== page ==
Article 10 of the Constitution guarantees all individuals equality without any discrimination before the law, irrespective of language, race, color, sex, political opinion, philosophical belief, religion and sect, or any such considerations. Yet, the Constitution guarantees some rights and freedoms e.g. life, liberty and security etc. to “everyone” without making distinction between citizen and alien. Hence, considering Article 10, alienage per se is not a permissible ground for different treatment in the 1982 Constitution.
However there are also some spesific limitations for foreigners stipulated in the Constitution. The Constitution does not recognize some fundamental rights and freedoms to aliens that are particularly confined to the citizens, which are mainly political rights. Also some rights are recognized to aliens with certain limitations, such as the right to petition (Art 74).
On the other hand, Article 16 of the Constitution provides a spesific guaranty for aliens. Accordingly, the fundamental rights and freedoms of foreigners may be restricted by law in a manner consistent with international law. Since Article 16 refers “international law” we should explain briefly the place of international law in Turkish domestic law. According to Article 90.5 of the Constitution, international agreements duly put into effect have the force of law. This paragraph also stipulates priority of international agreements duly put into effect regarding basic rights and freedoms over domestic law, should there is a difference in provisions between an international agreement and a domestic law on the same matter.
Turkey is part of the international human rights systems. It ratified major international human rights documents, such as the 1951 Convention and its 1967 Protocol with a geographical limitation, and the ECHR. Accordingly,we may claim that Article 90.5 of the Constitution provides a significant constitutional guarantee for asylum seekers and refugees together with Article 16.
Statutory Framework of Asylum Seekers in Turkey
For a long time Turkey did not provide a comprehensive legislation concerning asylum seekers and refugees. In order to meet growing critism coming from the ECtHR and the European institutions, and the necessities resulting from the increase of mass influx of asylum seekers from Syria as of 2011, the Parliament enacted Law No. 6458 on Foreigners and International Protection (LFIP) in 2013 (Official Gazette 11 April 2013-28615) that came into force in 11 April 2014. Today, this legislation forms the basis of asylum legislation in Turkey.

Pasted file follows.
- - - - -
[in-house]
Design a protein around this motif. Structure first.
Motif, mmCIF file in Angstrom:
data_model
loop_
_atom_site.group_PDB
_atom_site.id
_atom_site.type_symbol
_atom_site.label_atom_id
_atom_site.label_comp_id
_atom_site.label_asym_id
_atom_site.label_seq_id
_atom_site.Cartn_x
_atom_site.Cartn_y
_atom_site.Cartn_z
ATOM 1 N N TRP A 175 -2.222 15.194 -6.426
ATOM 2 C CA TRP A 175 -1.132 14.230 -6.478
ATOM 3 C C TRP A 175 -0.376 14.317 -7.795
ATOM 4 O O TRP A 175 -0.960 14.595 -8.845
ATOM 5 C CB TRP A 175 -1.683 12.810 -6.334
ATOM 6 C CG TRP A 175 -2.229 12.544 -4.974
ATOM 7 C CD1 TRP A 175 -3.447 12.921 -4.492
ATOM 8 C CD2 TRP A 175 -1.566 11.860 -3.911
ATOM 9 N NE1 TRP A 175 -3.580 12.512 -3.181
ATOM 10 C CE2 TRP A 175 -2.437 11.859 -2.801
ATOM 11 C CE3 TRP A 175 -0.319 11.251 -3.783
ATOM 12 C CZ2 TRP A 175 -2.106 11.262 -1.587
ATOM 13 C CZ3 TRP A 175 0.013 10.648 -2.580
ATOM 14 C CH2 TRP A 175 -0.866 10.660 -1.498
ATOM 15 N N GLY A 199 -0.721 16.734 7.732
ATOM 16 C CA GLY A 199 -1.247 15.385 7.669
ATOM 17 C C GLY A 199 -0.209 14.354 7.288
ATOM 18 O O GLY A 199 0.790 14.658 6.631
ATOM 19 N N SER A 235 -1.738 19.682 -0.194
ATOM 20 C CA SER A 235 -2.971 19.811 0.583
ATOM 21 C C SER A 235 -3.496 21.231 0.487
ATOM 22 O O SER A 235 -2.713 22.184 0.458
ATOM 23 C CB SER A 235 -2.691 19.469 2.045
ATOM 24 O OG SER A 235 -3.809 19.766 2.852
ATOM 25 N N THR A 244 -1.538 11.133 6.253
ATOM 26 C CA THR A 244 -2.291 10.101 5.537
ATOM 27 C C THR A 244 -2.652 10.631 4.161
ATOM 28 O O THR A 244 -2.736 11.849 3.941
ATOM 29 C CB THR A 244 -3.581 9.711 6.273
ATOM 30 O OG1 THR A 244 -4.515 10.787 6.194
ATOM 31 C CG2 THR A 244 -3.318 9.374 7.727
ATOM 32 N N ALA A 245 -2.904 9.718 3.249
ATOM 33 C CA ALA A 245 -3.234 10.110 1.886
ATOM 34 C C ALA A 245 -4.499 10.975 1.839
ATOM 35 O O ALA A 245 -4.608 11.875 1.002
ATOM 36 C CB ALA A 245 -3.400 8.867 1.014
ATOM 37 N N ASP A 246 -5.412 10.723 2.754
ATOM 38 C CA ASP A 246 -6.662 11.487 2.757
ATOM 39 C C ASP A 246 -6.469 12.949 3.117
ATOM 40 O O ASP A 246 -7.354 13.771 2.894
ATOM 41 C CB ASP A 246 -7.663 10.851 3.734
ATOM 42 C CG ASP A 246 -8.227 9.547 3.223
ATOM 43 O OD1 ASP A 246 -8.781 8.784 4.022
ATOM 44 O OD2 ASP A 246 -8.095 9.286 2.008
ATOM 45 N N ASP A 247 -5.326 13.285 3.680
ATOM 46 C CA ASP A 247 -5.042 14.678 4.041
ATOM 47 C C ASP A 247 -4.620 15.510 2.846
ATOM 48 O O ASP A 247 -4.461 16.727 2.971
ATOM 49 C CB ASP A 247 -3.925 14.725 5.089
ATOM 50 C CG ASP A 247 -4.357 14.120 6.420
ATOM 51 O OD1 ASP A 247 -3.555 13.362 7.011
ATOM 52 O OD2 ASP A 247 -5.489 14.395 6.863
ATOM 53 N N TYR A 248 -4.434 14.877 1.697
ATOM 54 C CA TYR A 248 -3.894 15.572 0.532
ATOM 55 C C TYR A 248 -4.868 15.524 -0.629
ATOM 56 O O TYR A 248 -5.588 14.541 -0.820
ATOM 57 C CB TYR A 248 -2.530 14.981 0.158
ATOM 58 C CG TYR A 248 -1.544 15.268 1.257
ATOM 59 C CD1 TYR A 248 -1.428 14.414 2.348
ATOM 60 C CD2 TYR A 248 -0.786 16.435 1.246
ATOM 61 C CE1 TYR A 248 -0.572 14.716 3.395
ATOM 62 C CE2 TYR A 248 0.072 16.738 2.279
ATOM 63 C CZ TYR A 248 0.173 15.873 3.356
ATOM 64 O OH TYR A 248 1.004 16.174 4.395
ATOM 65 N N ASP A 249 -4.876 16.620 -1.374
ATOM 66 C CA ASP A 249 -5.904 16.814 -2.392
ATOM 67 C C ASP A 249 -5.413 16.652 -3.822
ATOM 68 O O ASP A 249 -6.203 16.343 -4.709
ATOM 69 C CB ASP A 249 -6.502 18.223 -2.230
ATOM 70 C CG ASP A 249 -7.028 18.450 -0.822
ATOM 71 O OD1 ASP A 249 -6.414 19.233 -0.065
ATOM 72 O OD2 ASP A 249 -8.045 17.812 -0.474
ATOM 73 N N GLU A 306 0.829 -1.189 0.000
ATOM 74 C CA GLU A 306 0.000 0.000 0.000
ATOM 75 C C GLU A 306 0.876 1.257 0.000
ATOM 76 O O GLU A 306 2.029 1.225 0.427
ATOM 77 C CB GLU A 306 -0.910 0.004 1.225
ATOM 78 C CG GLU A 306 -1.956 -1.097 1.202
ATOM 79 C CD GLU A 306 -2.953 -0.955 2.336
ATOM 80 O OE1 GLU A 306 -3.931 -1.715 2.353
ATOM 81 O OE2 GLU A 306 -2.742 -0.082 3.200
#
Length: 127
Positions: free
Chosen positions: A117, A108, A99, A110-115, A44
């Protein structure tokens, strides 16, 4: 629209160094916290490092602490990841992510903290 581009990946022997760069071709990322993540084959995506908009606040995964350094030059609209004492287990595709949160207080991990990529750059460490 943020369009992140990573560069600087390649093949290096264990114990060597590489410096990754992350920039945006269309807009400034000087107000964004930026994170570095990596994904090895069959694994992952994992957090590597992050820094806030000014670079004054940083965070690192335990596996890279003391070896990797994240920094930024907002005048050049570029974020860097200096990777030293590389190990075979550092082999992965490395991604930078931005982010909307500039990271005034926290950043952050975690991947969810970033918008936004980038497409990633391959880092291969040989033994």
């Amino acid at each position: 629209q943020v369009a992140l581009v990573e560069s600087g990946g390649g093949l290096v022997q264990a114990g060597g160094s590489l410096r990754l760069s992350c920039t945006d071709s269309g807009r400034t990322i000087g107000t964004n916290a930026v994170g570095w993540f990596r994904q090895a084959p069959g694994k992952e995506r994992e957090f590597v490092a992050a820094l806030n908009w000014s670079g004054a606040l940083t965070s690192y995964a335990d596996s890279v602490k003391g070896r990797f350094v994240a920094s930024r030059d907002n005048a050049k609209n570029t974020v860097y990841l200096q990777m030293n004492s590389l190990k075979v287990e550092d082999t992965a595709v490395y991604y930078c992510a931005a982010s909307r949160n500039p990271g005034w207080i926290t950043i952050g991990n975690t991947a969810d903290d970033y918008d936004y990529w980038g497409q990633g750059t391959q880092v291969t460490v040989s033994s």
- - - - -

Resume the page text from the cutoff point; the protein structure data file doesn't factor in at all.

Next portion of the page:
The LFIP has brought some landmark changes in order to provide integration of immigrants and to treat asylum seekers and irregular migrants in accordance with the international standards.iii Indeed, it redesigns international protection in consonance with the international human rights standards. To give an example, in order to accord with the EU legislation, in addition to refugee and conditional refugee statuses, the LFIP introduces “international protection” also for aliens and stateless persons who are not qualified as a refugee or a conditional refugee, but have a justifiable fear to return to the country of origin or country of [former] habitual residence (Art 63).
According to the LFIP, when assessing an application for international protection, the Turkish government primarily will consider whether “the applicant has arrived from a safe third country” (Art 74.1,2.a-c). Generally, an individual arriving from home country or a third country that is not safe will be eligible for international protection in Turkey (Art 85.1.d).The LFIP also provides temporary protection for the first time in the mass influx situations (Art 91). Introduction of the “temporary protection status” into the Turkish law will furnish to implement the principle of non-refoulment effectively in a mass influx situation.
Article 4 of the LFIP recognizes unreservedly the principle of non-refoulement. Differently from the 1951 Convention, under Article 4, the principle of non-refoulement not only covers refugees but also others who enjoy international protection, and other aliens who entered into Turkey legally or illegally. Yet, on the contrary to the 1951 Convention, Article 4 does not stipulate any exception clause. Accordingly, this provision is consistent with the standards set by the ECtHR.iv